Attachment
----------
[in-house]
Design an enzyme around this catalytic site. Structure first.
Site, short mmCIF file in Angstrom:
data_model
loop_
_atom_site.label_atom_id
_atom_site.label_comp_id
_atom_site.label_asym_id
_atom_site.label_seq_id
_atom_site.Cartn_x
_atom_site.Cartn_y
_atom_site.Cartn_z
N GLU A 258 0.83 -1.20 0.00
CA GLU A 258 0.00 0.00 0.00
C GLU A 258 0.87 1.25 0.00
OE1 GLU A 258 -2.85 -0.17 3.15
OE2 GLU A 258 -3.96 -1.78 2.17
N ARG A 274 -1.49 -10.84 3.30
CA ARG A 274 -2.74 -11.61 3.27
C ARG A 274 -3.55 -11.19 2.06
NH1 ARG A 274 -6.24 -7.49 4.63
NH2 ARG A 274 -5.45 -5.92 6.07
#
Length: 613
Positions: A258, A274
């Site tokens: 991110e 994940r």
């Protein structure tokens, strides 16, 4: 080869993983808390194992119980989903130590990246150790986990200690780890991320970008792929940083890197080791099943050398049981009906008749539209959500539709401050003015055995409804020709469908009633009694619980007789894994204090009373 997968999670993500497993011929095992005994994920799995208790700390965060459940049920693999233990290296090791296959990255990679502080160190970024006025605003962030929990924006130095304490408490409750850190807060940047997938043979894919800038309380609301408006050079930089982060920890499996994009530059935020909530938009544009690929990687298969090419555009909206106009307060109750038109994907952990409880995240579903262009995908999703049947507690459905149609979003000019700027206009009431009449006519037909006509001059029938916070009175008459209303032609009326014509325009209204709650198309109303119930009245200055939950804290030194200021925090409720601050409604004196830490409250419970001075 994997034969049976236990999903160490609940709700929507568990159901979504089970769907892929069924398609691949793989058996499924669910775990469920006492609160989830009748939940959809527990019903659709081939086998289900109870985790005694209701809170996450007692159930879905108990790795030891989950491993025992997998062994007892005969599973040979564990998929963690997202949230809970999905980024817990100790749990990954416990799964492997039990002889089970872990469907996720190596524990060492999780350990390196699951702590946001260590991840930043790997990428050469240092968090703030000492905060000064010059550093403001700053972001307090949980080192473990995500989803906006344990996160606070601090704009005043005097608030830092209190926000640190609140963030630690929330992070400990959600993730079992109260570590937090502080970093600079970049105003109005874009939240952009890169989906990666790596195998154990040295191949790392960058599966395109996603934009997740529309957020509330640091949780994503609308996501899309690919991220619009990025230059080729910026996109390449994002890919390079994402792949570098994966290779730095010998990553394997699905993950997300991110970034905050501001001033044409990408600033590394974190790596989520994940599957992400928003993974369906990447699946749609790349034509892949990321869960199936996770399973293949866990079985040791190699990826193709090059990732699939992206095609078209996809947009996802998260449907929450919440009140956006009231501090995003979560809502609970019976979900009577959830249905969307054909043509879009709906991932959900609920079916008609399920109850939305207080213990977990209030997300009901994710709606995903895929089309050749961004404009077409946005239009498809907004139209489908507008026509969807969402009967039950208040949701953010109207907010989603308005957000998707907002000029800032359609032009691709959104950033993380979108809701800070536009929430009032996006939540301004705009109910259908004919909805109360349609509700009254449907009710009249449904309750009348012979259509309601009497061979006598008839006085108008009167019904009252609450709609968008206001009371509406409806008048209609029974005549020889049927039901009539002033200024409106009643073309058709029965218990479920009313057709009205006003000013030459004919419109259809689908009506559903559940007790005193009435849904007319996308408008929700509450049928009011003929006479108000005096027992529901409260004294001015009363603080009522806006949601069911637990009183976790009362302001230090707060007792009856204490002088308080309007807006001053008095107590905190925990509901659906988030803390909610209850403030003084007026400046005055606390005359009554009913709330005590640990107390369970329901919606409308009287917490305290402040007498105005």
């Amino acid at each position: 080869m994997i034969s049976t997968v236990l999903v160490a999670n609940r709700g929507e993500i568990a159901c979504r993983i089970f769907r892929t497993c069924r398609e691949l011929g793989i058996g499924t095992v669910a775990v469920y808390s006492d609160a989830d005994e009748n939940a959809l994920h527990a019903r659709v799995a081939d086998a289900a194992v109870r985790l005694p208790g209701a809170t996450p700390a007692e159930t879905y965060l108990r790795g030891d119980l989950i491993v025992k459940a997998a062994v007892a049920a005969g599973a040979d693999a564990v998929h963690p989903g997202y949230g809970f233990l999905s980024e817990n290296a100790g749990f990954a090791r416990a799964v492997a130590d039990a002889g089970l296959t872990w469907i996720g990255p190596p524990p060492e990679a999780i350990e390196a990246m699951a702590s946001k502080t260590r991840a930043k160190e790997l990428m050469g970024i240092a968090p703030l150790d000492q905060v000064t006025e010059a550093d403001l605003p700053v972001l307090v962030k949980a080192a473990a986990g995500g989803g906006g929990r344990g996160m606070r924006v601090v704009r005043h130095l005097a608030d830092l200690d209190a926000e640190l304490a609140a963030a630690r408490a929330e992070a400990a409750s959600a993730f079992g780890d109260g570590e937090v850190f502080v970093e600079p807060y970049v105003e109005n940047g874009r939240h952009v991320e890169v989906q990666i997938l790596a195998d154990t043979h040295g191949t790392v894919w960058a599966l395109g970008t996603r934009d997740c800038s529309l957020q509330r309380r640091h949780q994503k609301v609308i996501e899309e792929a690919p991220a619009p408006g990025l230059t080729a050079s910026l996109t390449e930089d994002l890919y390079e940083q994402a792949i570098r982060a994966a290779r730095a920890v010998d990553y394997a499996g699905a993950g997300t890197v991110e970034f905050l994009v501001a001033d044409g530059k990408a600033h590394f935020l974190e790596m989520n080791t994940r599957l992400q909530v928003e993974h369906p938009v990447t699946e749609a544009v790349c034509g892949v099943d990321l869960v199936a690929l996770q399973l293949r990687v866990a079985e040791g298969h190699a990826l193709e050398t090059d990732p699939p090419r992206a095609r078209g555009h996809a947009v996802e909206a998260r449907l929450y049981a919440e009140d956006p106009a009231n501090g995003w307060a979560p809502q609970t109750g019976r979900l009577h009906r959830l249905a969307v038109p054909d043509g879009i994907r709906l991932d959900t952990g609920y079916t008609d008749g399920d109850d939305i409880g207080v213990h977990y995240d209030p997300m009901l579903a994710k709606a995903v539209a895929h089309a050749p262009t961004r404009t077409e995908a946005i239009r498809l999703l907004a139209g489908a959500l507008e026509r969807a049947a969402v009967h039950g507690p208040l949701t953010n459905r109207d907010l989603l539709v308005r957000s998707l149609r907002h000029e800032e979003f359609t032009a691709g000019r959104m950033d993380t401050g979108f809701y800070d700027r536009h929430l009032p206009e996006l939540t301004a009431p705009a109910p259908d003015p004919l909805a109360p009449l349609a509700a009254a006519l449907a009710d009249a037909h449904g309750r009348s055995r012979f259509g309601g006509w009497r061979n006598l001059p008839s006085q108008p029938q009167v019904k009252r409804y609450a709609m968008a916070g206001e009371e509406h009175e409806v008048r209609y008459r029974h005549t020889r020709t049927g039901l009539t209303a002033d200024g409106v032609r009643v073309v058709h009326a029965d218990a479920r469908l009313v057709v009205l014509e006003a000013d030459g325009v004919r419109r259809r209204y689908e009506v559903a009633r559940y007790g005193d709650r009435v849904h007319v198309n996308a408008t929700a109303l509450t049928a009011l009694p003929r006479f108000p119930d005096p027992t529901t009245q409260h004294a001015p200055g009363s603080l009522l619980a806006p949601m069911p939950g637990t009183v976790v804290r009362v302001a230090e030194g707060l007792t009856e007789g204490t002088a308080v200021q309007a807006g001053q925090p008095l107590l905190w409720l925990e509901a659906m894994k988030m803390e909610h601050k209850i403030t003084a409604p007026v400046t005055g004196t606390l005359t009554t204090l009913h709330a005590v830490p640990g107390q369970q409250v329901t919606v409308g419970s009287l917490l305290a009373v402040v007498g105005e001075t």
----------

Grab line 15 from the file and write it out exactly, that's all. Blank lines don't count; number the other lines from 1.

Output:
C GLU A 258 0.87 1.25 0.00